Brutal Truth falling the fuck off both live and on record is something that I suggested when I first saw them at MDF in 2007 but still felt not educated about grind enough to really argue. It wasn't until seeing them numerous times afterward and hearing the more than a little boring and sometimes annoying Evolution Through Revolution that it became apparent that it wasn't just having their original guitarist replaced by the dude from Sulaco that's transformed them into a pretty craptacular and frequently embarrassing band; clearly this has been a long time coming.
I mean, have you ever actually read Brutal Truth lyrics?
"humanity rising life depriving
black humor falls in place
evolve in catalogue
prey of progress
retributin at hand
pitch your fall for the big show
grand illusion of fruition
through suspicions of our end
next in line
step to me and bass the buck
it's only human actions
force me to lash out and crush
every day i see
the cattle march by
clueless victims of society's
told to listen, forced to turn off,
conform to norm
or be tagged as wrong
wake-up sleeping nation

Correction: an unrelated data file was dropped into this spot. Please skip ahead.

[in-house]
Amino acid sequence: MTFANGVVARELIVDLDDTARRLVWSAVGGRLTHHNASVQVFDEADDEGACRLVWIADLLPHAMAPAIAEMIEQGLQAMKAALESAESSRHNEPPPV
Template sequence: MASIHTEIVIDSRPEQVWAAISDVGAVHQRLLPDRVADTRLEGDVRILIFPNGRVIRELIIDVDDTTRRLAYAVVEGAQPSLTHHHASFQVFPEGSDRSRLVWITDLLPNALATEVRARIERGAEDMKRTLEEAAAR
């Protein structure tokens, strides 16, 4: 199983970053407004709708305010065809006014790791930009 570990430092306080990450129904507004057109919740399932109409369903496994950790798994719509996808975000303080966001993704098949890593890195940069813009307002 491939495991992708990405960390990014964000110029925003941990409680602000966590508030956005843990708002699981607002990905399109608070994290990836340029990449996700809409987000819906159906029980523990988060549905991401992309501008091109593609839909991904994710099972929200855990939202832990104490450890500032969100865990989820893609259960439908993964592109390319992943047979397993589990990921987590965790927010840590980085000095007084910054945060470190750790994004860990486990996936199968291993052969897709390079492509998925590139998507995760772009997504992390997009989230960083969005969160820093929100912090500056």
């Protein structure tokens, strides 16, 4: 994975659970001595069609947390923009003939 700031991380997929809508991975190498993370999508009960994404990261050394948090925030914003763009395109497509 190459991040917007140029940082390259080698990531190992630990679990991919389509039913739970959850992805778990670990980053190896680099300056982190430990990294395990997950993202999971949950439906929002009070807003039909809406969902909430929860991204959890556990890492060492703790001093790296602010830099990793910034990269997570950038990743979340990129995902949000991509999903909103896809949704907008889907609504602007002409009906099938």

or be gone, gone"
A lot of metal and grind bands, faced with the difficulty of getting vocal phrasing to fit over increasingly weird and disjointed music kept the trick of employing a nonsensical and truncated approach that BxTx only made that much worse by informing it with a pothead's version of political grind lyrics.
Lyrics aside, seeing them live is an undertaking dull enough to almost be on par with watching Nile play live. In fact, it's pretty much only saved by Hoek's drumming style/faces. Even Kevin Sharp's ability to make four guys standing on stage like statues playing increasingly annoying and boring grind seem tolerable has waned, summed up by Christian and I rolling our eyes and remarking "This sad old hat again" when they opened for Municipal Waste. To say that At The Gates and Emperor had the right idea to quit, come back for a brief cash-in tour, and then bounce again is an understatement when you see bands like Brutal Truth and, to a smaller extent, the Pixies that come back and just sort of float about not doing much of anything good for a while.
Cephalic Carnage themselves haven't done anything good in nearly 5 years, but they've always been really quirky and weird and legitimately great. Up until the last few years when the combination of Xenosapien, a few reports on their road antics from Tom Warrior and the leap into self-parody with the production of their own vaporizer made the reaction to their name for me go from "FUCK YEAH CEPHALIC!" to "...ew".